Amp Up Your Multimedia — Sure, a text description is good, but an audio description is even better. You can add audio descriptions to images AND video, so that visually impaired users will know when there's been a change in gesture, setting, or other details.
Avoid PDFs — We love PDFs as much as the next person, but they're really not very user-friendly for the visually impaired; they can't be read by screen readers OR text enlargement programs, so just avoid using them whenever possible.
You might think you've got your website compliant, but it would be smart to make sure that you're not missing anything. Just ask Target; they ended up paying $6 MILLION dollars to members in a class-action lawsuit claiming that the retailer's website was not accessible to blind users. (And don't forget to tack on Target's $3.7 million dollars in court fees...) How do you avoid this? Well, of course, you should apply the tips we listed above, but you should look at the rulings that the courts have handed down already to guide you until the DOJ's regulations are passed through.
Consider State Regulations — Yes, you must be aware of the federal law, but don't forget to check your state's regulations as well. Netflix learned this the hard way in 2012; lawsuits were brought against the streaming service in two states, Massachusetts and California, claiming that the service violated the ADA because it did not offer "closed captioning" options. The states ruled in completely opposite ways—the court in California stated that Netflix didn't have to comply with the ADA's definition of public accomodation, while Massachusetts stated that Netflix must be held to the standard.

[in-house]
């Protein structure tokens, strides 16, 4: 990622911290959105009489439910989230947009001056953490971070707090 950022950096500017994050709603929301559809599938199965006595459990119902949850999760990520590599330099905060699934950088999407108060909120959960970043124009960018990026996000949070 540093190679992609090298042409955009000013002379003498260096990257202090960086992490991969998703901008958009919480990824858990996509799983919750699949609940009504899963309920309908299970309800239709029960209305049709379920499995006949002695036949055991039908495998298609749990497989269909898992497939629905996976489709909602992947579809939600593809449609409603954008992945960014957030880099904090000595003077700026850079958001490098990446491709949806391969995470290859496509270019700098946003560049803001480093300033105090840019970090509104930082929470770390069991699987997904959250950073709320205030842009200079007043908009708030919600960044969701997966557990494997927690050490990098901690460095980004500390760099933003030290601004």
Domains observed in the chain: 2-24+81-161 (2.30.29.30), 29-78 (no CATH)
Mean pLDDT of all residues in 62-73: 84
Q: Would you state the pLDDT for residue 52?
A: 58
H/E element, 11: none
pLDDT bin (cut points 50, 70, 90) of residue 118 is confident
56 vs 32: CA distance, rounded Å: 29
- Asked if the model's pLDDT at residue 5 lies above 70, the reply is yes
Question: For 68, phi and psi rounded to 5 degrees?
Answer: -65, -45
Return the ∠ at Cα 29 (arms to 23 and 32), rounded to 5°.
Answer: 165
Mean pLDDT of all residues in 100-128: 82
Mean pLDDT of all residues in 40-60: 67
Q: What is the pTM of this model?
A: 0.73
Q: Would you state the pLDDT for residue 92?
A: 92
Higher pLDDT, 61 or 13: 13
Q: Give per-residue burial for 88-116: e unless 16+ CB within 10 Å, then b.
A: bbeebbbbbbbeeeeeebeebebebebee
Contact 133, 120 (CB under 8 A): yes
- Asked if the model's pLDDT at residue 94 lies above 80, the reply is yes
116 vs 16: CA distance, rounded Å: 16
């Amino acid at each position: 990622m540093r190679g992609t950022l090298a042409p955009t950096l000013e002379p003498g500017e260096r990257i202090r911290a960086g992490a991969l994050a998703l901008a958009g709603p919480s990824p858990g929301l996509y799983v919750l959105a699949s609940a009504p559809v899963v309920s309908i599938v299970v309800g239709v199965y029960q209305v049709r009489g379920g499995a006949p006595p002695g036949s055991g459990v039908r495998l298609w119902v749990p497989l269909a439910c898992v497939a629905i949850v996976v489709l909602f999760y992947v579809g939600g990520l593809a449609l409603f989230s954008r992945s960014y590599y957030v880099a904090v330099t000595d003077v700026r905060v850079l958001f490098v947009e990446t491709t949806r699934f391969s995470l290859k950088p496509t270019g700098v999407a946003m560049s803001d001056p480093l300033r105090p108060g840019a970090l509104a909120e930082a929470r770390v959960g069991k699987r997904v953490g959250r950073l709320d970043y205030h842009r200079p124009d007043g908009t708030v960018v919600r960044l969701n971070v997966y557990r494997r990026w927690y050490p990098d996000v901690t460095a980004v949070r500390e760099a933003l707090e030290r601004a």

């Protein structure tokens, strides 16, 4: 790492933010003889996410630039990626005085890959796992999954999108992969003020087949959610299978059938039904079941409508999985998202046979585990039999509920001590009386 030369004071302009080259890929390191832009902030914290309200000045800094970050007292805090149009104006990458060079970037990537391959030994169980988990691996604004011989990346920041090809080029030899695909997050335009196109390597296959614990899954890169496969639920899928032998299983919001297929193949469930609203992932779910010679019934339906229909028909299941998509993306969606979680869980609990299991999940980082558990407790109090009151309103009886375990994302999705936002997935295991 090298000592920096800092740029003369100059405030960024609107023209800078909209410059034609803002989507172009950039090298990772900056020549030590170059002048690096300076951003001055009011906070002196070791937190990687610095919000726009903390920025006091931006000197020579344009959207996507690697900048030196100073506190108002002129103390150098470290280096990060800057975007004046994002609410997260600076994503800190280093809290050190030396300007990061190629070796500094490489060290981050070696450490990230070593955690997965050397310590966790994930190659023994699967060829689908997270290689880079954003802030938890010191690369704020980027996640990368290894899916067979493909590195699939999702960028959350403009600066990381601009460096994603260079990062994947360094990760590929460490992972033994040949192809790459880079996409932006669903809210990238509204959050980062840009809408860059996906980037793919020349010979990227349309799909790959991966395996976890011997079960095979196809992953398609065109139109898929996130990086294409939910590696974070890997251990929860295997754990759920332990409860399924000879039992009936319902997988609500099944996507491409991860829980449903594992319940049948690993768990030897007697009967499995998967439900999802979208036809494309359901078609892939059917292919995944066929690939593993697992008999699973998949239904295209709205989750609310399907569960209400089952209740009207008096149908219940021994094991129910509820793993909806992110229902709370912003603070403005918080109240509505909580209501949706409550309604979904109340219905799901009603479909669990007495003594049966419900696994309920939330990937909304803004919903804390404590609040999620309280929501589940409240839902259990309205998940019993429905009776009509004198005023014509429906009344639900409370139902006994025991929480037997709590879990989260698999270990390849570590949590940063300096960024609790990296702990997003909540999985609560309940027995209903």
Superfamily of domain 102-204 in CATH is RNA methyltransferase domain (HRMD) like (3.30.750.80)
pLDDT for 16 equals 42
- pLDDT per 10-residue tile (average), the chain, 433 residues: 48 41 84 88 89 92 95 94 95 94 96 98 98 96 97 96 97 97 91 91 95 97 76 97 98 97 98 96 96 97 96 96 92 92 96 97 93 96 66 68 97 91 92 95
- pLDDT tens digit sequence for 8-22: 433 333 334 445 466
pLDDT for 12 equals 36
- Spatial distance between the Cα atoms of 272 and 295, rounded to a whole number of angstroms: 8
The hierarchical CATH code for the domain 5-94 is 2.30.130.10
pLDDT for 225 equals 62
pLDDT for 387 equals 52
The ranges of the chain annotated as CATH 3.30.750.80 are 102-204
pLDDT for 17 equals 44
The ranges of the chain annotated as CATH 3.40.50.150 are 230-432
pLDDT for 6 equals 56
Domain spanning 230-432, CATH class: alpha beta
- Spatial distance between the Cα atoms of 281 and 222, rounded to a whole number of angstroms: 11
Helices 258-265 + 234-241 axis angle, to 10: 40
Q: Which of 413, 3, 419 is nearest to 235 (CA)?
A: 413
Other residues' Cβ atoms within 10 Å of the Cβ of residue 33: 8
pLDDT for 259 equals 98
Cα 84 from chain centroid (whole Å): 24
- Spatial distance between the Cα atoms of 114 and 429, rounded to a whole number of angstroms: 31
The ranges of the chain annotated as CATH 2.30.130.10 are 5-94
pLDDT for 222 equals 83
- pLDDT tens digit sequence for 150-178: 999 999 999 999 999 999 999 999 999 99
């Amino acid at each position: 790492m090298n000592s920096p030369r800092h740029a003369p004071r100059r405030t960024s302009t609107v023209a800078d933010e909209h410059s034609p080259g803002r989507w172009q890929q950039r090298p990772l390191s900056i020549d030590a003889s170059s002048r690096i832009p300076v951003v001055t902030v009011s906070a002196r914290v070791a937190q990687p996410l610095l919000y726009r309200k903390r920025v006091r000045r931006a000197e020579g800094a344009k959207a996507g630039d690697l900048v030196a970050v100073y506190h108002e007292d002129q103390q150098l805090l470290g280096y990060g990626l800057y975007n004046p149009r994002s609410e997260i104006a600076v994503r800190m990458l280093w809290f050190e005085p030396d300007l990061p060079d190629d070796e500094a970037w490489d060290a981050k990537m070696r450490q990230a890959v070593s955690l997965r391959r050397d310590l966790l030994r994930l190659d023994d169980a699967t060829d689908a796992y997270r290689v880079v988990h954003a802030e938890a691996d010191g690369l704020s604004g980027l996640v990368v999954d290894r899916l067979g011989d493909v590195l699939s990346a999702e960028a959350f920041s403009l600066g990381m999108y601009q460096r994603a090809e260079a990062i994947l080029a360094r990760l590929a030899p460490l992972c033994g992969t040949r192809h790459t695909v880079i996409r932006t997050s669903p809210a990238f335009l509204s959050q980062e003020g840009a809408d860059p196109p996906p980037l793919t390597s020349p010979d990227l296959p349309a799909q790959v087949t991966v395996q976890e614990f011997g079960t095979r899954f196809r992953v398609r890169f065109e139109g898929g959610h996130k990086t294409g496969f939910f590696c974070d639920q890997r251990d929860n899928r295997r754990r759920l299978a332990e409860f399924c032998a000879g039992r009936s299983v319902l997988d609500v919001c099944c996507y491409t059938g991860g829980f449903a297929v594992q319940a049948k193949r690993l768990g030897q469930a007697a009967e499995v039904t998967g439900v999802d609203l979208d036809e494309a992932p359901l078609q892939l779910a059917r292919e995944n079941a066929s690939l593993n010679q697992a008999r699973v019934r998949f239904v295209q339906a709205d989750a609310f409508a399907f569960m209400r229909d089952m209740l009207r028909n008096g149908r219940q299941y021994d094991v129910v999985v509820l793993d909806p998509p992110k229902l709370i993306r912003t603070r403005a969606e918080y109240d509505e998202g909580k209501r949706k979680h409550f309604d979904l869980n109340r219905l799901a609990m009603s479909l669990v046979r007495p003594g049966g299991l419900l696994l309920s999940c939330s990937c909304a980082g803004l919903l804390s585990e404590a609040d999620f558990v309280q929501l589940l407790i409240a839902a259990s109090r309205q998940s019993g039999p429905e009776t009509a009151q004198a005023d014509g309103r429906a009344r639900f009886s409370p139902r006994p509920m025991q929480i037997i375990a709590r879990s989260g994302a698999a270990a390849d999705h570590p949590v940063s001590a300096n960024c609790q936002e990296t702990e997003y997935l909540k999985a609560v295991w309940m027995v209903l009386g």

Don't Forget Your App — In 2014, the online grocery retailer Peapod was under fire for not ensuring that their mobile application was not ADA compliant. The settlement required Peapod to make the updates that would bring accessiblity to their mobile platforms by March 2015, and their website had to be accessible by September 2015.
You Don't Have a Building? It Doesn't Matter — Recently, an e-book subscription service called Scribd was held to the standard of "providing a place of public accomodation," even though they don't have a brick-and-mortar location. They were found to be noncompliant because their books cannot be read with a screen reader, rendering them impossible to be read by visually impaired users.
Making your website ADA compliant will be the law in the not-too-distant future, but that's not the only reason that you should update your site. Creating a website that can be used by every person who visits it is just good business sense. 246 million Americans have "low vision", while 39 million are completly blind; one million Americans are deaf. There are millions more with mobility issues. These are all potential customers. If you don't accomodate their needs, they'll take their business elsewhere.